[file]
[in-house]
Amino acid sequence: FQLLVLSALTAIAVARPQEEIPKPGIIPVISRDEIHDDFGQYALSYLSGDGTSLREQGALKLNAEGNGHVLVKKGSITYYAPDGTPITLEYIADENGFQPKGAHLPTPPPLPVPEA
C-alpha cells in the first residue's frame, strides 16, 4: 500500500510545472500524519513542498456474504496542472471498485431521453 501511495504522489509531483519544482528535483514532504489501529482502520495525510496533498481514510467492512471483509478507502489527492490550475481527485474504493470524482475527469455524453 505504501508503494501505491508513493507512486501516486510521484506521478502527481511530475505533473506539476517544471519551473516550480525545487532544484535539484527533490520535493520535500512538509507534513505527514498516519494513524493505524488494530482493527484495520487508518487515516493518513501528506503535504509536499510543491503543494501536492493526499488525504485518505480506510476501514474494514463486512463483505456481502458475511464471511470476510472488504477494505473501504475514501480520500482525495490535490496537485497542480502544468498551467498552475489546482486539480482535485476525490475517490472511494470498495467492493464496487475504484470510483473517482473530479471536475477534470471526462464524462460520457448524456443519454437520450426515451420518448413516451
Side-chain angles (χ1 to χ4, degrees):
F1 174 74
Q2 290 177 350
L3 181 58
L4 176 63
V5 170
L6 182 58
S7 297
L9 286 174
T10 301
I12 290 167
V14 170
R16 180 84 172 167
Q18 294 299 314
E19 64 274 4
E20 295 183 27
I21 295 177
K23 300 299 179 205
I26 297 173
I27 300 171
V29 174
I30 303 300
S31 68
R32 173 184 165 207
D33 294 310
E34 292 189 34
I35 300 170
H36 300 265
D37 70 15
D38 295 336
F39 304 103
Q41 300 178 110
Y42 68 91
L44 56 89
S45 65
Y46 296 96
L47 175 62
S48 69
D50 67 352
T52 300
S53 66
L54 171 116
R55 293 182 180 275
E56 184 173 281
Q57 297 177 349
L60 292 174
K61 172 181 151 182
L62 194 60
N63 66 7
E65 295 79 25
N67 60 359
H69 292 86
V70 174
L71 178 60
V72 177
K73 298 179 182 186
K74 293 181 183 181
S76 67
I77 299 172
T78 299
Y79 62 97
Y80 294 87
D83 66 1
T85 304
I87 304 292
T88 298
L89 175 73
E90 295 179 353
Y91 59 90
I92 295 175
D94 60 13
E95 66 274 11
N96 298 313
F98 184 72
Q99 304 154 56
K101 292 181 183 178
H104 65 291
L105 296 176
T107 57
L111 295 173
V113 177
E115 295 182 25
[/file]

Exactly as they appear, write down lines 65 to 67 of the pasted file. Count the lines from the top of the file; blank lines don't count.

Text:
Y80 294 87
D83 66 1
T85 304